In May, President Trump released a budget that shaves $800 billion from Medicaid over a decade. Even if only some of these cuts are enacted, state Medicaid programs will be looking for replacement funds.
Medicaid secondary payer laws provide states potential funds. For example, if a Medicaid enrollee is sickened by asbestos, and Medicaid pays the healthcare bills, Medicaid is entitled to a share of any future personal injury settlement. Medicaid is theoretically required to recover part of the settlement.
But there’s a Medicaid Catch-22. Congress prevented state Medicaid agencies from learning what they need to know to enforce those recovery rights. Not “doing business” in a state? No reporting required. Federal guidelines concede that “[s]tate law cannot reach beyond the entities…‘doing business’ in their states.” Congress ordered states to mandate third-party reporting, which they can’t effectively do because they’re states: Medicaid Catch-22.
In practice, this means that unless a lawyer, a defendant or another party to a personal injury claim is located in the same state as a Medicaid beneficiary, and thus required by state law to report payments, the state Medicaid agency will likely never learn about the money. Of course, the enrollee is supposed to report the windfall. If you reckon that usually happens … please get in touch, because I have an investment opportunity for you.
Asbestos litigation, the longest-running mass tort in U.S. history, is well into its fourth decade, and shows no signs of abating soon. Initially, plaintiffs’ attorneys typically sued the main producers and manufacturers of the “magic mineral.” Eventually, these players nearly all went belly-up. More than 60 subsequently reorganized under a bankruptcy code provision that allows them to set up special trusts to pay people injured by their products. From 2006 through 2012 alone, these asbestos trusts paid more than $15 billion in settlements. According to the GAO, the trusts still held approximately $37 billion in 2011 to pay future asbestos claimants.
But while asbestos victims and their lawyers reside in 53 states and territories, the trusts themselves do not. They don’t report to state Medicaid agencies, not even in the states where they’re found. In fact, thanks to a loophole in Centers for Medicare and Medicaid Services regulations, asbestos trusts funded before 2011 don’t even have to report settlements to Medicare.
In March, Utah’s Attorney General sued four of the largest trusts, seeking to force them to provide information about settlements. Utah says it wants to learn whether the trusts are wasting money and failing to reimburse the state for Medicare and Medicaid expenditures.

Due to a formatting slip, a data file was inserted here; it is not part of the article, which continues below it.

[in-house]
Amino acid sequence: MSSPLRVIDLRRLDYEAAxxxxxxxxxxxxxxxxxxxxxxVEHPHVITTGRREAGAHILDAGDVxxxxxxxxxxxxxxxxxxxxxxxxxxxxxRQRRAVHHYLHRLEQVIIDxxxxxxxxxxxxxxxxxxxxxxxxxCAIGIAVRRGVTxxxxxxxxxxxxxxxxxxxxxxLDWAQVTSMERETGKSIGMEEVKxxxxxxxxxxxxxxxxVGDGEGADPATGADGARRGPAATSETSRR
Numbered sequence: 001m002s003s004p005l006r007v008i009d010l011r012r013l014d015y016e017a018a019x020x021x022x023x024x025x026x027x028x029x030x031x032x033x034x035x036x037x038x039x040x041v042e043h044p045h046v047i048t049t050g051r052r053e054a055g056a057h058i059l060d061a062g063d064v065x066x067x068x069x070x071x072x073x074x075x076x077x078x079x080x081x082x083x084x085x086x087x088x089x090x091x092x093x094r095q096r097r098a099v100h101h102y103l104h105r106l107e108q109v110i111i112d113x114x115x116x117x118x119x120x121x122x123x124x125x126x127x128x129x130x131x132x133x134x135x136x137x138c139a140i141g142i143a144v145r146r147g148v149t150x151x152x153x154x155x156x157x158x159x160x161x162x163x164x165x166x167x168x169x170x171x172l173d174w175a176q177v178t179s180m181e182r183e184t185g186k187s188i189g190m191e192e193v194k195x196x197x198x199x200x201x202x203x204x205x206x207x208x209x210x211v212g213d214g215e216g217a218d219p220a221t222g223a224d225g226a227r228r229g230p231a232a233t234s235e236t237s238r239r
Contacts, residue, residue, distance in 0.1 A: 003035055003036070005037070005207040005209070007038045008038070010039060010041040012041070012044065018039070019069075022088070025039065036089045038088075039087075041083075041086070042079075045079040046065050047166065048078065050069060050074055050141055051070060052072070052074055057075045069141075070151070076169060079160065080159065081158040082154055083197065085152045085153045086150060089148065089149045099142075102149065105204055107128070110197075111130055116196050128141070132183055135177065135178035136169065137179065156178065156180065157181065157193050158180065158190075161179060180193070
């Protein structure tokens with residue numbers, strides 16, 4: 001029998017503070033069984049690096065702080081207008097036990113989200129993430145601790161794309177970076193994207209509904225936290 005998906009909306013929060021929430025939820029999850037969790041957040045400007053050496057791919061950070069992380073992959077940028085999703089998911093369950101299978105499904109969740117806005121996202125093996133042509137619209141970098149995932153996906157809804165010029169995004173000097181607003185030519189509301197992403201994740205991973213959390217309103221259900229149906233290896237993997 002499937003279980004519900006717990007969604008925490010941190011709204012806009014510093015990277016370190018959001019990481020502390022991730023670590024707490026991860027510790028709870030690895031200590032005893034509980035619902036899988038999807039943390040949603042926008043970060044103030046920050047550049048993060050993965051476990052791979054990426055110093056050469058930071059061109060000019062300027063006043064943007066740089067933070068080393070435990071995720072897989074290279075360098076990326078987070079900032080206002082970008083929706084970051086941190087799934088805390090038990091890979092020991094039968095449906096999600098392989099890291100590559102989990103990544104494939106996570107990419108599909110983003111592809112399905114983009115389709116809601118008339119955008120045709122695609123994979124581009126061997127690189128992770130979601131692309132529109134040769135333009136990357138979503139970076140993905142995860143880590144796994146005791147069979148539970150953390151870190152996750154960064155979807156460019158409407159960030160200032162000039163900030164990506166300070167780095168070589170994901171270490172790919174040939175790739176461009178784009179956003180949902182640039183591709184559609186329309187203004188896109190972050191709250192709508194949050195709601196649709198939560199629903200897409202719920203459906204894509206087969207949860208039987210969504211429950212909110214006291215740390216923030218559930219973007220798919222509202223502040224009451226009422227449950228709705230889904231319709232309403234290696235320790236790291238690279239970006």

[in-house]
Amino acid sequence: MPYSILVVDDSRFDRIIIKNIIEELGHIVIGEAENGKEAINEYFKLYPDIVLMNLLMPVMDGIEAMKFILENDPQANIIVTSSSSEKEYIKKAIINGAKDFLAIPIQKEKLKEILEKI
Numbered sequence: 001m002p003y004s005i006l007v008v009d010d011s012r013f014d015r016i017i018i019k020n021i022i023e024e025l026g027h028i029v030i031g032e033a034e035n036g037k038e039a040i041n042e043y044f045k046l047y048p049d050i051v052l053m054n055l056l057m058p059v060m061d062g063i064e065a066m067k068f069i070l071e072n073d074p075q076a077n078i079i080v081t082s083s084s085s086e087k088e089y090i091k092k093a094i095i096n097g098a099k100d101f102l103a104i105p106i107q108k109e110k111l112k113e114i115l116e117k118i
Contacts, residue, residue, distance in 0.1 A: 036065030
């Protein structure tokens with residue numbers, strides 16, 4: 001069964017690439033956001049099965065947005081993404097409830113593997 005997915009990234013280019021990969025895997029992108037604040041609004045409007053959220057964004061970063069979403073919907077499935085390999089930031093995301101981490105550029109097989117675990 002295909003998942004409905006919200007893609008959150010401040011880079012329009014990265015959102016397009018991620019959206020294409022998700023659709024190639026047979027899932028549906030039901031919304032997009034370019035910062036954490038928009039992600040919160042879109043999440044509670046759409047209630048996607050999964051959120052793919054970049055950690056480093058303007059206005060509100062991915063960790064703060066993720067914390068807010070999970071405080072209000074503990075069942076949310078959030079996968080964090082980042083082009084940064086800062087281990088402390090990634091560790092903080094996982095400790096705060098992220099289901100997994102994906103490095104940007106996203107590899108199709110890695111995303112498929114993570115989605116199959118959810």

Utah alleges the trusts may have perpetrated “fraud on the State’s Medicaid program” because of paying bogus claims submitted by dishonest attorneys. But if phony claims were paid to Medicaid beneficiaries outside Utah, it would be nigh impossible to calculate how much these payouts lowered the righteous recoveries of Utah enrollees. And if Utah enrollees (or their lawyers) submitted fraudulent claims, it seems dubious that Utah is entitled to a cut of stolen loot.
Again, it’s Medicaid Catch-22. Utah says it has a claim because plaintiffs’ attorneys are committing fraud. But if they’re committing fraud, Utah probably can’t collect.
Predictably, the trusts say that while they’ve paid claims to Utah residents, they aren’t “doing business” in the state. As for Medicaid reporting, they say it’s unfair to question them to obey 53 disparate laws. They have a point.
The most efficient solution would be centralized, national Medicaid reporting. States are still at the “nascent stages” of enacting effective Medicaid reporting schemes, let alone sharing data, according to Silvius von Saucken, General Counsel for the Garretson Recovery Group, a health care lien consulting firm. “Unless someone in Congress wants to enact some sort of nationwide Medicaid Secondary Payer reporting law,” von Sauken says, “we’re still one or two decades away from making those efficiencies.”
A bill now before the Senate could help. In March, the House passed H.R. 906, the Furthering Asbestos Claim Transparency (FACT) Act of 2017. H.R. 906 would require asbestos trusts to file quarterly reports with the bankruptcy court(s), setting forth claimants’ names and exposure histories.
The FACT Act is currently languishing before the Senate Judiciary Committee and its prospects don’t look bright. Which is a shame. Because, when it comes to revealing claims information, it’s time for the asbestos trusts to do what’s right.
Christine Biederman is a lawyer in private practice and an award-winning investigative reporter, who has written extensively about asbestos litigation. Formerly, she was an Assistant U.S. Attorney who dealt with Medicare, Medicaid and Fake Claims Act issues.
The views expressed by this author are their own and are not the views of The Hill.
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